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7 myths and facts about oysters in time for Valentine’s Day 
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Indulging in oysters on Valentine’s Day? With the help of the FDA, our Food Safety Team has put together some common misconceptions about oysters as well as some selection tips to aid you in selecting the perfect bushel of oysters! 

Myth: Eating raw oysters are safe if you drown them in hot sauce, which kills everything.
Fact: The active ingredients in hot sauce have no more impact on harmful bacteria than plain water. Nothing but prolonged exposure to heat at a high enough temperature will kill bacteria.

Myth: Alcohol kills harmful bacteria.
Fact: Alcohol may kill your good judgment, but it doesn’t destroy harmful bacteria in the food you eat while drinking it.

Myth: Raw oysters are an aphrodisiac and will cure a hangover.
Fact: There is no scientific evidence that either of these commonly held beliefs is true.

Myth: Avoid oysters from polluted waters and you’ll be fine.
Fact: Vibrio vulnificus in oysters has nothing to do with pollution. Rather these bacteria thrive naturally in warm coastal areas, such as the Gulf of Mexico, where oysters live.

Myth: An experienced oyster lover can tell a good oyster from a bad one.
Fact: Vibrio vulnificus can’t be seen, smelled or even tasted. Don’t rely on your senses to determine if an oyster is safe — or any other food is free of bacteria or other pathogens.

Myth: Just a few oysters can’t hurt you.
Fact: Roberta Hammond, the Food and Waterborne Disease Coordinator for Florida, cites a case where a fatality caused by Vibrio vulnificus occurred after the victim ate only three oysters. The seriousness of any case depends on many factors, including how much bacteria is ingested and the person’s underlying health conditions.

Myth: Avoid raw oysters in months without the letter “R” and you’ll be safe.
Fact: While presence of Vibrio vulnificus bacteria is higher in warmer months, according to the Centers for Disease Control and Prevention, a full 40 percent of Vibrio infections occur during colder months from September through April.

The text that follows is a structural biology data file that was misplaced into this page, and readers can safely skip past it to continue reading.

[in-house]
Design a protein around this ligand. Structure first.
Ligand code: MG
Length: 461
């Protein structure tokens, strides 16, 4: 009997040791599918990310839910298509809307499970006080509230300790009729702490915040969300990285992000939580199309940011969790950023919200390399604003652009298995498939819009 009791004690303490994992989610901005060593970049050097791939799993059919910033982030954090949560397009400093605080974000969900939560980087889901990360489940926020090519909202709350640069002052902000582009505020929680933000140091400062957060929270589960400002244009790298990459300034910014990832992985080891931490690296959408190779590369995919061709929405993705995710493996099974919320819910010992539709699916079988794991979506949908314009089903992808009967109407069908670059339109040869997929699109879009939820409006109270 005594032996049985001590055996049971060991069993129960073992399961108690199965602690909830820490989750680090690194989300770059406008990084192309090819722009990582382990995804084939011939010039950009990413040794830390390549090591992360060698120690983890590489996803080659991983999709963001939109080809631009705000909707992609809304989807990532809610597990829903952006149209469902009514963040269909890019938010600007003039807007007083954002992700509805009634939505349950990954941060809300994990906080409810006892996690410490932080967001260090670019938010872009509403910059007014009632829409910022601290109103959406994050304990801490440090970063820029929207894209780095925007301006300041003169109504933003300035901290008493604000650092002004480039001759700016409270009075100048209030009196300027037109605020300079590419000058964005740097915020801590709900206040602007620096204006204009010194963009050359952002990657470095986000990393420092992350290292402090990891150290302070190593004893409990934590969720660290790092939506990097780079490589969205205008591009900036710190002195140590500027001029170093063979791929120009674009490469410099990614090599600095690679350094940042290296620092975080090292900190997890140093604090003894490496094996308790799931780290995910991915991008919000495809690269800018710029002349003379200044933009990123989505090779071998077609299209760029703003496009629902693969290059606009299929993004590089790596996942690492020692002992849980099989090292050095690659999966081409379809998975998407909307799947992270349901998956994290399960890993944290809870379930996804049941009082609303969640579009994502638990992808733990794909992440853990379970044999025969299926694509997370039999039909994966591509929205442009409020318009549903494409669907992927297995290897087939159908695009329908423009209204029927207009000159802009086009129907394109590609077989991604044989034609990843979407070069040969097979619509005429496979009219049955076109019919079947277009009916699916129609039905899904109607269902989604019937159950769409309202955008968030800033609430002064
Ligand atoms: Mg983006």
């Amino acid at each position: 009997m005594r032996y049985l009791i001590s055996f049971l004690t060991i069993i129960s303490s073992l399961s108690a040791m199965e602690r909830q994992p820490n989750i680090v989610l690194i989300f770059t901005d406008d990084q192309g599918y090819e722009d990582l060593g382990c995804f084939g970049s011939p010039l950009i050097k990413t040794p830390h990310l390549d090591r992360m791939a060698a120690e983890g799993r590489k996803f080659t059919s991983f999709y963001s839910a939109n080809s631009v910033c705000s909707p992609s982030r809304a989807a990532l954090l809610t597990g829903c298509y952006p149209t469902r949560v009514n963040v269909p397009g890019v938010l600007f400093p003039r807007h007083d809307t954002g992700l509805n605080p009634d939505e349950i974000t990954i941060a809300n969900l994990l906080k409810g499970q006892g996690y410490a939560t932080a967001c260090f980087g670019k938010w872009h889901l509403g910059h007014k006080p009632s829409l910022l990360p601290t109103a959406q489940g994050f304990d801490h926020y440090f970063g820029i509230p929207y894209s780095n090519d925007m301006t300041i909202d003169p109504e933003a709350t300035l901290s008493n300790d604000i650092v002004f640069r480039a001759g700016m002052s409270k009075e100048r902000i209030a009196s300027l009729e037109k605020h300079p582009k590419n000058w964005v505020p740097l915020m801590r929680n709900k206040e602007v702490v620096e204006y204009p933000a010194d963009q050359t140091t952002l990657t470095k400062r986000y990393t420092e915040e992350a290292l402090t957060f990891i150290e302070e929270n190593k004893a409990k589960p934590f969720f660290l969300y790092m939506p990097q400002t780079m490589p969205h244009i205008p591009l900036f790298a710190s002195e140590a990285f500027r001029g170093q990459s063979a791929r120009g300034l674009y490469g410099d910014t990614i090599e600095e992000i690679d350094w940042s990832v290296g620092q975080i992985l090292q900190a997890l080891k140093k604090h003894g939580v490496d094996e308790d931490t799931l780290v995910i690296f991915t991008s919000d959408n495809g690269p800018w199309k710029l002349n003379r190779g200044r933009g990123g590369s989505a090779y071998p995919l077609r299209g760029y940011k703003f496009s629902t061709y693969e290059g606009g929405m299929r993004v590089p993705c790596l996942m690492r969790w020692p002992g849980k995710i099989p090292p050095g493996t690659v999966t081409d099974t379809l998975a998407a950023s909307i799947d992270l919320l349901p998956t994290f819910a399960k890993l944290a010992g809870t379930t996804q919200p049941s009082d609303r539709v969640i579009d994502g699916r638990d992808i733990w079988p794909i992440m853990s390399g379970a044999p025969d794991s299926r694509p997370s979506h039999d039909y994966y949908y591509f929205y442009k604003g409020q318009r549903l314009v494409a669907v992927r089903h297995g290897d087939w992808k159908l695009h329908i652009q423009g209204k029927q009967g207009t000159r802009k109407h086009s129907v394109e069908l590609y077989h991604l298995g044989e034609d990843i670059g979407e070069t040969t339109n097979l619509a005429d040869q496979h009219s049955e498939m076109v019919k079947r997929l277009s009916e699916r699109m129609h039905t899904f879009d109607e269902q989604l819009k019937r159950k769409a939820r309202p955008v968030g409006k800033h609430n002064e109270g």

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Oyster Storage/Preparation & Selection Tips:

  • Avoid and discard cracked or broken shelled oysters
  • Live oysters will close up when their shell is tapped — if they don’t close, avoid selecting that particular oyster
  • Keep them at or below 41℉ before cooking or during cold serving — place oysters on ice if serving to a large group
  • Do not leave oysters out of 41℉ for more than 2 hours — the chances of food borne pathogens reproducing is increased while out of appropriate holding temperature

FDA offers these cooking tips:

  • If you put the unshucked oysters into a pot of boiling water, keep cooking them another 3 to 4 minutes after the shells open. Discard any that don’t open
  • If you’re cooking shucked oysters, boil or simmer them for at least 3 minutes or until the edges curl
  • Fry shucked oysters at 375℉ for at least 3 minutes
  • Broil shucked oysters 3 inches away from the heat for 3 minutes
  • Bake shucked oysters at 450℉ for 10 minutes
  • Barbecuing oysters just until they open will not kill vibrio bacteria so keep them on the grill for several more minutes after they open

Happy shucking!

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